I fly plenty of places where if you aren't familiar with the route, there is simply no way to predict when you'll be out of range of your current frequency, or what the next one might be.
In that case only one phrase springs to mind;

'Prior planning prevents.......' you know the rest.

Best keep monitoring 121.5
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Old 15th May 2016, 15:51
  #134 (permalink)  
 
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I especially like IanW's latest;

Earlier he said;
"The frequency you have popped up on unannounced will try to work out what you are and who you are and why you are calling them and may have no idea where you should really go."

However in his latest post he tells us;
"You should also remember that there is a standard handover/assume procedure between all sectors. The receiving sector can see an aircraft coming toward the sector airspace with a datablock that tells the controller all the pertinent details about the flight. A sector controller will not sit there quiet while a flight under the control of the 'upstream' sector bores into the sector airspace. The controllers will be talking between each other about the flight trying to work out why it is not responding and being handed over."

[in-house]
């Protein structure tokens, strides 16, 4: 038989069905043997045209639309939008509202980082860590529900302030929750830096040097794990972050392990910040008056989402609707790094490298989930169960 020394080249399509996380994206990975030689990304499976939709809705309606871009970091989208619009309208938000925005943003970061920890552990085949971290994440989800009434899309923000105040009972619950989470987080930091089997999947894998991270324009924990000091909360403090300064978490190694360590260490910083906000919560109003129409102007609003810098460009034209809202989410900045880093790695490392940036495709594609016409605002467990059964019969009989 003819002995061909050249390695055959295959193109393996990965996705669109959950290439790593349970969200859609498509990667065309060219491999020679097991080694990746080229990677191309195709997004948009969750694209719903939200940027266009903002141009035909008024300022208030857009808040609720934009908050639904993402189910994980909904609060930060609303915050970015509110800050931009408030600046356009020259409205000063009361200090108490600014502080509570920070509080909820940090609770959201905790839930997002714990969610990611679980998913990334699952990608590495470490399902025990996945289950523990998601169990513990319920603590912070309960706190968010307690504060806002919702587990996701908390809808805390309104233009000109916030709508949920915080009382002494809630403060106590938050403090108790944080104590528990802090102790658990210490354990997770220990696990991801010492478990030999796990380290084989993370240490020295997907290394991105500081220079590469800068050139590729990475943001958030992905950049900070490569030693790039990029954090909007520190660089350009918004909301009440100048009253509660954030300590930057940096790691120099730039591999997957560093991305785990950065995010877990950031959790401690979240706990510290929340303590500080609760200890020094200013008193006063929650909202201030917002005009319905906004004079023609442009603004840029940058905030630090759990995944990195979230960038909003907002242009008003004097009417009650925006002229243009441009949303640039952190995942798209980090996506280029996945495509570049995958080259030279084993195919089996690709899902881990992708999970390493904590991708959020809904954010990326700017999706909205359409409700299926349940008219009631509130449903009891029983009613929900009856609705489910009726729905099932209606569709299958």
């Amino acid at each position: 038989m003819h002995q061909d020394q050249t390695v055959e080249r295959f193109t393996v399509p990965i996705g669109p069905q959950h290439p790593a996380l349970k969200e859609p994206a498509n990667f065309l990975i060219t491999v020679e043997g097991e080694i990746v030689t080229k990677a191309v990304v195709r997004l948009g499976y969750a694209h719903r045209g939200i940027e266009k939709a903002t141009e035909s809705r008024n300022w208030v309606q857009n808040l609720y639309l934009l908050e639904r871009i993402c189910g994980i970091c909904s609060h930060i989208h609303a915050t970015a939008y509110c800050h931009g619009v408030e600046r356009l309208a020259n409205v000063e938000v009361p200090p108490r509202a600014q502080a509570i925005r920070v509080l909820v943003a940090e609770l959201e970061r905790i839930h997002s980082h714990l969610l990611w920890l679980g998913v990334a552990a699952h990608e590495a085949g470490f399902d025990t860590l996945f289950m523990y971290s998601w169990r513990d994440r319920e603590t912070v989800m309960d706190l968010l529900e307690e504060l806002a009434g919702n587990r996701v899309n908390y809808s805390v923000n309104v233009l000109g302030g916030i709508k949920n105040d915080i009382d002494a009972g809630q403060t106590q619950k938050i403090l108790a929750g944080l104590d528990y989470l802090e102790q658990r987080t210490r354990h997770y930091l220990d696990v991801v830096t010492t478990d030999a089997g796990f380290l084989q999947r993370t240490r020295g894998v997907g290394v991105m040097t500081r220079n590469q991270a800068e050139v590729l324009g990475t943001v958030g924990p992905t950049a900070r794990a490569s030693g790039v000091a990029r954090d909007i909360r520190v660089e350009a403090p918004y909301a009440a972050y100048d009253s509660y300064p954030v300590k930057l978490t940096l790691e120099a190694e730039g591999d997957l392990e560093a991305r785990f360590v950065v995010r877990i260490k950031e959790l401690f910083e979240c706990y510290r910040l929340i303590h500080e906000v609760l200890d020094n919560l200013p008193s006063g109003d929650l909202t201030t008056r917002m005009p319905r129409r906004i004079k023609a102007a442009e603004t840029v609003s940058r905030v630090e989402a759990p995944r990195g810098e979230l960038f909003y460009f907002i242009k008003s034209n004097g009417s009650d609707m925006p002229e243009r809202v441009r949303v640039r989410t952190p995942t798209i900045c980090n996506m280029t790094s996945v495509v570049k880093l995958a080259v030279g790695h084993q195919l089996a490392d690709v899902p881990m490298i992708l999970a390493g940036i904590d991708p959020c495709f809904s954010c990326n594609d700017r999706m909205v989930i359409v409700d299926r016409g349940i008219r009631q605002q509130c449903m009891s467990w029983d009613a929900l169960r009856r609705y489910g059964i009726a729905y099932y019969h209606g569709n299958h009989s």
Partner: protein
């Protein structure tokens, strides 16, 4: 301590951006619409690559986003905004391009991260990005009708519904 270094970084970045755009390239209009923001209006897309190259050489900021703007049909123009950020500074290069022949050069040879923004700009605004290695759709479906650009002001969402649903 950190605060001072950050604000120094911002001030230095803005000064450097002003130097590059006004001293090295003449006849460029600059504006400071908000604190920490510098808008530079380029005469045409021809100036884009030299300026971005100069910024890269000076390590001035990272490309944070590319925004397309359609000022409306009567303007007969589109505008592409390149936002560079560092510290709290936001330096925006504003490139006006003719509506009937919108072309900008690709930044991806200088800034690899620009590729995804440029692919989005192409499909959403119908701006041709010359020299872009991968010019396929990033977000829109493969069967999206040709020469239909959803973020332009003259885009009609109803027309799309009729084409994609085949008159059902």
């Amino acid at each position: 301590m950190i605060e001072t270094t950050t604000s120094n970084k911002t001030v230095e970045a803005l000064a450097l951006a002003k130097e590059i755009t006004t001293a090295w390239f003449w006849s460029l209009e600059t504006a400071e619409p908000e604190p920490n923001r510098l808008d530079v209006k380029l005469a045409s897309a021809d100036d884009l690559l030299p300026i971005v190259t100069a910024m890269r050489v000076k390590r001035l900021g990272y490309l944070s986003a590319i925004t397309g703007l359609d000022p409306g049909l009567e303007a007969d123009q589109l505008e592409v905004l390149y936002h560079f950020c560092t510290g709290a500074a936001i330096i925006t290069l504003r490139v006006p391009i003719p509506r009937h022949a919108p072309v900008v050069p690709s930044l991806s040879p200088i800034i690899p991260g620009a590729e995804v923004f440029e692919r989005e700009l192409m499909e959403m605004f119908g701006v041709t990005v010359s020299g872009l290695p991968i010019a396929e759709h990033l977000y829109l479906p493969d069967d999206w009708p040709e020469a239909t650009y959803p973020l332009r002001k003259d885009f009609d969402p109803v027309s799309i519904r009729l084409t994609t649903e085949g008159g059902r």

So which is it? :roll eyes:
You are not paying attention.

You are just at the boundary of the active sector - Sector 14
Sector 14 is in the process of trying to hand you to Sector 20

You get clever and call sector 9's frequency as that is what you think may be next.

So you manage to give problems to 3 ATC sectors. Not so clever.
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Old 15th May 2016, 18:12
  #135 (permalink)  

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They may well be in the process of handing you over, but what do you do if you don't hear Sector 14 telling you to change onto Sector 20's freq?

Without doing a thing, you'll be giving problems to those 2 ATC Sectors, who may be contacting many other Sector controllers to find out if you are in contact with them, a few military ATCU's and at least 2 Air Force fighter crews.

Now that is even not so cleverer


I say again, best keep monitoring 121.5